Monday, December 31, 2012

Bears finally sack Lovie The Genius

Here's my favorite story from my five years covering Lovie Smith:

During the postgame press conference that followed a particularly horrific performance by the often-horrible Rex Grossman, the media found four different ways to ask Smith why he didn't switch to Brian Griese, the high-priced QB the Bears had acquired just in case Rex got hurt or got bad.

Four times, Lovie dismissed the questions: Rex was his quarterback; the Bears were 10-2; we were morons.

This is what happened next, as chronicled in my Dec. 7, 2006 column:

My brain was about ready to explode. Because I need my brain to think about food, Jack Bauer's plight on "24," golf, Scarlett Johansson and other worthwhile subjects, I could sit silently no longer.

Me: "You did win 10 games with (Kyle) Orton as your quarterback last year and made a change. So, I mean, it's not unprecedented ... "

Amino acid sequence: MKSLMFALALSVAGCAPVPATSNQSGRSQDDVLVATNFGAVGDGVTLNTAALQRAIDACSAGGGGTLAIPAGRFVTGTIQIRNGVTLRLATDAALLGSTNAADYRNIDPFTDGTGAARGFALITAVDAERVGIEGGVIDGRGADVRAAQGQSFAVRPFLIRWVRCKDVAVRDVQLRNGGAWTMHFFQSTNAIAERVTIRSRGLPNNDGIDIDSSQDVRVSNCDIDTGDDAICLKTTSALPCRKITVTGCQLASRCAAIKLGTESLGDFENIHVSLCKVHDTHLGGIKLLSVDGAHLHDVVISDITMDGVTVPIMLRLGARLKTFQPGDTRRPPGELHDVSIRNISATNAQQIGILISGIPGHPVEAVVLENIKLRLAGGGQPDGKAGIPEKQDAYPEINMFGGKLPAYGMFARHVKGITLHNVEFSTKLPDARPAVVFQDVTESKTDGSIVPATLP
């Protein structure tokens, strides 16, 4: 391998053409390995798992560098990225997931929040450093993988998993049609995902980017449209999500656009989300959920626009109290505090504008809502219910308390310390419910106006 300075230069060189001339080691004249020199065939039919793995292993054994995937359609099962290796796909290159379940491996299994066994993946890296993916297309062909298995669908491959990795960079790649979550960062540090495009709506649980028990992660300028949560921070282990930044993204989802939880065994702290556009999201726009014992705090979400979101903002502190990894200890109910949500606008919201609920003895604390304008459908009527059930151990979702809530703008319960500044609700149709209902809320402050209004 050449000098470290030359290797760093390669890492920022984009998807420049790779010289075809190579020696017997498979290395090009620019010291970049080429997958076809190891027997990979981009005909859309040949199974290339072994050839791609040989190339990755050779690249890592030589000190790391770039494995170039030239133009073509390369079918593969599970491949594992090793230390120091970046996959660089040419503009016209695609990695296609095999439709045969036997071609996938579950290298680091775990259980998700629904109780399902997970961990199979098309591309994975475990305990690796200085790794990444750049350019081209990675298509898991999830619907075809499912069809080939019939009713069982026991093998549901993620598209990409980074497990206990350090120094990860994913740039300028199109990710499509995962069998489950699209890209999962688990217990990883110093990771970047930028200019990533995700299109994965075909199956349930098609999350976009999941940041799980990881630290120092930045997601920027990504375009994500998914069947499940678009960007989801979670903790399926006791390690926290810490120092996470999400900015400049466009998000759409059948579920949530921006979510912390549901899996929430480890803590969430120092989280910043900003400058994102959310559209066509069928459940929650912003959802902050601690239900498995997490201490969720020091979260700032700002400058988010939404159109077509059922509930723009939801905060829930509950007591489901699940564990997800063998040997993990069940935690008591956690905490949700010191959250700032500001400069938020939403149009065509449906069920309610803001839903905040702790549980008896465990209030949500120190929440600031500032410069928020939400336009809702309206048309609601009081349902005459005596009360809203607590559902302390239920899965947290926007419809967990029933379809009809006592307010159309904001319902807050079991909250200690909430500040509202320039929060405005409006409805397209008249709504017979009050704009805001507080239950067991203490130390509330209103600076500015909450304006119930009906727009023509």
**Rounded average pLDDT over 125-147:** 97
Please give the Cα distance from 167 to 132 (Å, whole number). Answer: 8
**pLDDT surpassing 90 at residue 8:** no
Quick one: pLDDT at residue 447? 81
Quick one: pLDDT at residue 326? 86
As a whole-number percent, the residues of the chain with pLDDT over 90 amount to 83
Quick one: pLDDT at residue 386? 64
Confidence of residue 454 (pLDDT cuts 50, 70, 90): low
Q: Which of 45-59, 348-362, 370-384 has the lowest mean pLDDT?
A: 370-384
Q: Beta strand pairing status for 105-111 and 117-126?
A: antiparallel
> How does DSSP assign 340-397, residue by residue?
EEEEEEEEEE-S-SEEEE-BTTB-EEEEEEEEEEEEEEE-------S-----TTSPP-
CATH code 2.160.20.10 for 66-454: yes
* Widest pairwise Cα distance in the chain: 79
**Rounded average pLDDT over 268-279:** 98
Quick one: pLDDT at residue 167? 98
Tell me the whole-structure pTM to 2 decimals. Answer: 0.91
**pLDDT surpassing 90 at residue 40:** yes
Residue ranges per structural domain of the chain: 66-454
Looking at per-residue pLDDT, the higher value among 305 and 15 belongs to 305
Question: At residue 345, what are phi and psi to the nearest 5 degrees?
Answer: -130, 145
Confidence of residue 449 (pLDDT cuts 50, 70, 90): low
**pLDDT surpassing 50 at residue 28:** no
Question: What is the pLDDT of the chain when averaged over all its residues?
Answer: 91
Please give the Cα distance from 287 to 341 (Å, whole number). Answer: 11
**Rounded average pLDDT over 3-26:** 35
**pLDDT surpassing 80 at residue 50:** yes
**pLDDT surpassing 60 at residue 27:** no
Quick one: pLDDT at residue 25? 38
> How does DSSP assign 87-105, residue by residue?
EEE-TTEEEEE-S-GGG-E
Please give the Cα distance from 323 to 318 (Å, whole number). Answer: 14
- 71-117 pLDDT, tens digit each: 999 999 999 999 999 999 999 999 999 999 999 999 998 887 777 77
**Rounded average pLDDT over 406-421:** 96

Lovie, interrupting: "This year ... "

Me, interrupting right back: "I understand that. I understand. It's not an unprecedented thought, that's all. We're not coming out of thin air with this thought."

Lovie: "That doesn't mean a lot to me, though. I'm telling you what I'm going to do. Right now, we're 10-2 with Rex as our quarterback. THAT's not unprecedented."

So there!

He might as well have come back with: "Your momma's not unprecedented!" That would have made as much sense.

Too funny, eh?

I rarely had public debates with those I covered, but that day, I simply couldn't take Lovie's crapola any more.

Tom Landry and Chuck Noll and Bill Parcells and John Madden and countless other championship coaches throughout the years had benched ineffective quarterbacks.

Don Shula benched Earl Morrall at halftime of the 1972 AFC title game -- even though the score was tied and even though Morrall had led the Dolphins to 11 straight wins in place of an injured Bob Griese during the team's perfect season.

Nevertheless, Lovie had so little respect for the media -- not to mention the millions of fans who were clamoring for a QB change -- that he considered us idiots for suggesting Lovie The Genius even consider removing Rex The Unbenchable during a bad performance.